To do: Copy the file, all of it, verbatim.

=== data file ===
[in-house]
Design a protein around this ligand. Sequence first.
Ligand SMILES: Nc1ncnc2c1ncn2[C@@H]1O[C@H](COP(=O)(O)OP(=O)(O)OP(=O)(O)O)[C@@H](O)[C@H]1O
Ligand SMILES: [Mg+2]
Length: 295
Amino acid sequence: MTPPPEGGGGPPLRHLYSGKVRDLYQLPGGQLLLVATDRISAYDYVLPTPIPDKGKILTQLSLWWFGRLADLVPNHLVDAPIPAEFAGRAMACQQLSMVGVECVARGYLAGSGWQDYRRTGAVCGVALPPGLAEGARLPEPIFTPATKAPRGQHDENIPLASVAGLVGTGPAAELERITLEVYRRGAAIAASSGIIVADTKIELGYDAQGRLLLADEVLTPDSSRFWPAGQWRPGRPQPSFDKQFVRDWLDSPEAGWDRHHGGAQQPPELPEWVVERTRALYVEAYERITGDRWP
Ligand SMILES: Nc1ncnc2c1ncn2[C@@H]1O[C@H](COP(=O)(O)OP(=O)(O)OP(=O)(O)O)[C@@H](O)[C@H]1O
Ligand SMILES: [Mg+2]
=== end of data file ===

[in-house]
Design a protein around this ligand. Sequence first.
Ligand SMILES: Nc1ncnc2c1ncn2[C@@H]1O[C@H](COP(=O)(O)OP(=O)(O)OP(=O)(O)O)[C@@H](O)[C@H]1O
Ligand SMILES: [Mg+2]
Length: 295
Amino acid sequence: MTPPPEGGGGPPLRHLYSGKVRDLYQLPGGQLLLVATDRISAYDYVLPTPIPDKGKILTQLSLWWFGRLADLVPNHLVDAPIPAEFAGRAMACQQLSMVGVECVARGYLAGSGWQDYRRTGAVCGVALPPGLAEGARLPEPIFTPATKAPRGQHDENIPLASVAGLVGTGPAAELERITLEVYRRGAAIAASSGIIVADTKIELGYDAQGRLLLADEVLTPDSSRFWPAGQWRPGRPQPSFDKQFVRDWLDSPEAGWDRHHGGAQQPPELPEWVVERTRALYVEAYERITGDRWP
Ligand SMILES: Nc1ncnc2c1ncn2[C@@H]1O[C@H](COP(=O)(O)OP(=O)(O)OP(=O)(O)O)[C@@H](O)[C@H]1O
Ligand SMILES: [Mg+2]